New Fed Rule Boosts Requirements For “Too Big To Fail” Banks

New Fed Rule Boosts Requirements For “Too Big To Fail” Banks

It only makes sense that if you’re “too big to fail”, then you need to have extra financial reserves to see you through a worst case scenario. The U.S. Federal Reserve proposed a new rule on Friday, October 30th, that will require the six “global systemically important banks” (GSIBs) to up their debt/equity reserves by a total of around $120 billion.Industry analysts note that megabanks will almost certainly meet this new requirement by issuing long-term debt, given current ultra-low interest rates.

The new proposed rule is basically in line with what banks had been expecting expectations, and, as it should be, the rule is focused on the total loss-absorbing capacity of each GSIB.

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New Fed rule bolsters cushion for “too big to fail” banks

The proposed rule is really just the latest of a series of new rules aimed designed to contain risk in the banking system by making too big to fail banks use a reasonable amount of debt and equity to fund themselves.

The Federal Reserve governors approved a draft of the proposal in a vote this week, and it will now be submitted for a public comment process.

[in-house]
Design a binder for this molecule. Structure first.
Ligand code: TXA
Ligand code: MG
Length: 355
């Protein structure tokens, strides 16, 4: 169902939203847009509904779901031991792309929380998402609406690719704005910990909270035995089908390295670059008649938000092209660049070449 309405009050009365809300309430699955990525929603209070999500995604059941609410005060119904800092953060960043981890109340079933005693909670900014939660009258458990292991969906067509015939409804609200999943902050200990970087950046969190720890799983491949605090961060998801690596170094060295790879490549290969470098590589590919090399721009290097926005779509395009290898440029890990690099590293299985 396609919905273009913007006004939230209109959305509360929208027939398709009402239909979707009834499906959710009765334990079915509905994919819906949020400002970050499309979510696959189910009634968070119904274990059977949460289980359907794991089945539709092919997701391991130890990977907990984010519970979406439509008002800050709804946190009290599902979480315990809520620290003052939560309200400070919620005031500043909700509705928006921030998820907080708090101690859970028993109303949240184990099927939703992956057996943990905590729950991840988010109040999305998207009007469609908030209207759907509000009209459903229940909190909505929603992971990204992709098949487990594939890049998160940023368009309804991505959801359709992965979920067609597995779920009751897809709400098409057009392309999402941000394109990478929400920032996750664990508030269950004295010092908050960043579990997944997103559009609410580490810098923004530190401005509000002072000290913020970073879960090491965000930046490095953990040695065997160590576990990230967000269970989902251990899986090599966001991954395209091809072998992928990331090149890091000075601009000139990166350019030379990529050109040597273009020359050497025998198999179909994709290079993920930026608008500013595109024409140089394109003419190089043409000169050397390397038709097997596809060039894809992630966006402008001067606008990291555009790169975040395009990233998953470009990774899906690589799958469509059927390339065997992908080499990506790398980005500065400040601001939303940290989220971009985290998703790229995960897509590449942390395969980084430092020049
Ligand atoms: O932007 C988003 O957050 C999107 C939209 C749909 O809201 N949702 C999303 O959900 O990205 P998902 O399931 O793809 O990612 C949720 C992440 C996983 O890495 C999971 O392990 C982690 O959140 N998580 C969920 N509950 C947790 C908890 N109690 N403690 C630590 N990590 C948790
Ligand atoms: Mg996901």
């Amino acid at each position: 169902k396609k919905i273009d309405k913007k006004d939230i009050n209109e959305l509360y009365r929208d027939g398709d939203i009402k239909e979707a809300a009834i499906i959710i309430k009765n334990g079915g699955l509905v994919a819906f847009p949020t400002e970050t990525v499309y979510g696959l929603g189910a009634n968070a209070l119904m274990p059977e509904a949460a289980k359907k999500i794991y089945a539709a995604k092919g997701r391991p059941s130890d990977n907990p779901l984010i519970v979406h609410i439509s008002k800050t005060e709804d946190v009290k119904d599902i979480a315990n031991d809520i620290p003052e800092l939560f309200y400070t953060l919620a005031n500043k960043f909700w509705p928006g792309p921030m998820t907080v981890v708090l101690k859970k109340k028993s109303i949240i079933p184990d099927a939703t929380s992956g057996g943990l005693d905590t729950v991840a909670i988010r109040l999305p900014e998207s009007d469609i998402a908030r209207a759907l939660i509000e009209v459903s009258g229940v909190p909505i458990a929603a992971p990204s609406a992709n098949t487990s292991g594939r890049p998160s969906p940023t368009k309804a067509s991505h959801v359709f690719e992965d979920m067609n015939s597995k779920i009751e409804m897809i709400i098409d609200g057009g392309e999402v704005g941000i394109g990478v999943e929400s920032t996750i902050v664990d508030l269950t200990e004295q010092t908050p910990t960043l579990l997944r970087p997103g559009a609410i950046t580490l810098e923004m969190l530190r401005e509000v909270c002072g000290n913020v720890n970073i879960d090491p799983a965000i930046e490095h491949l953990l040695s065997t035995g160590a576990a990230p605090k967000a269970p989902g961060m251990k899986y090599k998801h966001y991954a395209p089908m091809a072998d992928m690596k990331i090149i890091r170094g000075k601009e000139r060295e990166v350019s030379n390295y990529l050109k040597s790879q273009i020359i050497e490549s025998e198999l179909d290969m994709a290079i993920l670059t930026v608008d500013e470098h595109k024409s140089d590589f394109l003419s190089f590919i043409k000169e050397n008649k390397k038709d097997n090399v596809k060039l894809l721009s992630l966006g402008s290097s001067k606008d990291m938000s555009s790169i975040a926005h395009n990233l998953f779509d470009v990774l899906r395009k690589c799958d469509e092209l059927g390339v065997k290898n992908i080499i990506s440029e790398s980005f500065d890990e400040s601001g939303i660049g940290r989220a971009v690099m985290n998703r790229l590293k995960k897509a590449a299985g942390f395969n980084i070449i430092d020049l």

One staffer who worked on the rule commented in a public meeting that the banks should have little problem complying with the new rule, because the requirement overlapped with current rules. Moreover, the majority of the debt requirements can be fulfilled by refinancing existing debt, the staffer noted.

The proposed rule would require domestic GSIBs to hold at least:

  • A long-term debt the greater of 6% plus its GSIB surcharge of risk-weighted assets and 4.5% of total leverage exposure; and
  • A total loss-absorbing capacity (TLAC) the greater of 18% of risk-weighted assets and 9.5% of total leverage exposure.

Of note, a few of the new requirements must be met by Jan. 1, 2019, but some of the more-stringent requirements do noy have to be fully complied with January 1, 2022.

Keep in mind that the most stringent requirements are applied to JPMorgan, followed by Citigroup. Then comes Bank of America, Goldman Sachs and Morgan Stanley, all of which have the same requirement. Wells Fargo requirement is next, followed by State Street Corp and finally Bank of New York Mellon.

Apparently, two two banks already comply with the long-term debt requirements under Friday’s proposal, but Fed officials would not provide further details.

Statement from Fed Chair Yellen

“The long-term debt requirement we are proposing today, combined with our other work to improve the resolvability of systemic banking firms, would substantially reduce the risk to taxpayers and the threat to financial stability stemming from the failure of these firms,” Fed Chair Janet L. Yellen noted. “This is an important step toward ending the market perception that any banking firm is ‘too big to fail.”

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